MOVIE REVIEW: Before Midnight

It’s not perfect but we love it anyway

( The film opens with Jessy (Ethan Hawke) saying goodbye to his son. The years that have passed and everything that went with them are on his face. Celine (Julie Delpy) joins the scene in a modest blue dress that highlights the figure of a woman who is putting up a fight against time but knows that time will always win. They look a little better than the rest of us and the subsequent conversation they have inside the car reveals that they had (or still have) a life that allows them some comfort. He's a famous author, she's just been offered her dream job, they have beautiful children, and we know that they are written for each other so why should we even bother waiting for happily ever after?


Men. They grow old but do they ever grow up?


It seems unfair to file Before Midnight under the romance genre. While other films that depict passionate declarations of undying devotion leave you with a heavy heart full of envy, Before Midnight disenchants you in the best possible way. True to form, the movie follows this seemingly ideal couple throughout an entire day and we listen to them banter, ramble, then rant and rage. Gone is the shy flirtation of youth. Now it's real, now it's living with someone, now it's knowing what the other person smells like in the morning. Romance is for sissies. Bickering is for people who do bathroom rituals together. Because they can.



Recent blockbuster films have been defined more and more by big for better and deafening explosions for plot but Before Midnight chooses to try and sustain your interest for an hour and a half with interesting characters. Not because they're particularly talented or anything exceptional but because they could be you, minus being able to afford a trip to Greece. They have the same fears that you do, they just have the luxury of being fictional. Half of the film will feel like you're listening to conversations you've had with a previous partner or maybe you're having the same doubts in your current relationship.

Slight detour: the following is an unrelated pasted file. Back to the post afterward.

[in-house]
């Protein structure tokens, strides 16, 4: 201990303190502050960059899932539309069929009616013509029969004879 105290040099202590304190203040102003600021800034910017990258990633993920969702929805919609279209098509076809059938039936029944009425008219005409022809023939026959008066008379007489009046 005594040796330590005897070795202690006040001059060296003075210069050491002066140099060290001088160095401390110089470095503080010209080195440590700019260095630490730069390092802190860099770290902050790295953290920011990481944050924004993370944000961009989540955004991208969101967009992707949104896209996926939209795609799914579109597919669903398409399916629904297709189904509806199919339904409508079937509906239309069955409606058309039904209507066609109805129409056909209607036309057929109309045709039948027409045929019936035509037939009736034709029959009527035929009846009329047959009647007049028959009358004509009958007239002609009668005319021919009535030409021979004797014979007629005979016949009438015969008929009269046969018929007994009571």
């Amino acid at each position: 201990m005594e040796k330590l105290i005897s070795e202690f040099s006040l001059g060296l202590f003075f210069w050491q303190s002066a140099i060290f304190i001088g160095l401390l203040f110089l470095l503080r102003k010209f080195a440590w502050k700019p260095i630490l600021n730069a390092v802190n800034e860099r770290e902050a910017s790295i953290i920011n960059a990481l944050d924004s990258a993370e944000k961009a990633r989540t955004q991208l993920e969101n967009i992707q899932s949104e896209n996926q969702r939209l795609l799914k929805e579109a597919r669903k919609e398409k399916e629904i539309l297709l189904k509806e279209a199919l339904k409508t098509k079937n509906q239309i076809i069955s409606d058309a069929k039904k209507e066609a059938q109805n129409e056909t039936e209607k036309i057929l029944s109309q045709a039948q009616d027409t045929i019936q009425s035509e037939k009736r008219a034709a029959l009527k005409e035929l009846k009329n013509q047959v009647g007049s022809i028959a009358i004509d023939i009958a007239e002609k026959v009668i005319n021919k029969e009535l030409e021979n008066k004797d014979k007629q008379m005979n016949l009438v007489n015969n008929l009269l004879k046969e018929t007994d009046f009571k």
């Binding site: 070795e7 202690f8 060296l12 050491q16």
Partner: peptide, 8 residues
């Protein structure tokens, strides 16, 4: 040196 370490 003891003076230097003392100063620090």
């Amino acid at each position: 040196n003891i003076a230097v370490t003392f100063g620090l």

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Celine, who struggles to maintain her independence in a relationship. A tune most of us have heard and danced to.


You don't even need to see Before Sunrise or Before Sunset. The screenplay is strong and the dialogue feels unrehearsed, delivered in a manner that might make Woody Allen himself proud. It reveals everything you need to know plus goats (because they're walking around Greece, of course there are goats) but it is far from perfect. It's messy, like Ethan Hawke's hair and life itself.



For others-perhaps for those who believe in love that conquers everything including boredom and loneliness-this could very well be a horror story. A glimpse of the future when romance is overshadowed by resentment and even sex is banal.


And then there will be those who will leave the theater with a sense of relief. Not because they have better lives but because the pressure to be perfect is gone. It's okay not to love everything. It's even okay to be downright baffled by some parts-like that shot of goats. Seemed very off and random but's part of it. C'est la vie.


RATING: •••• 4 out of 5 spots

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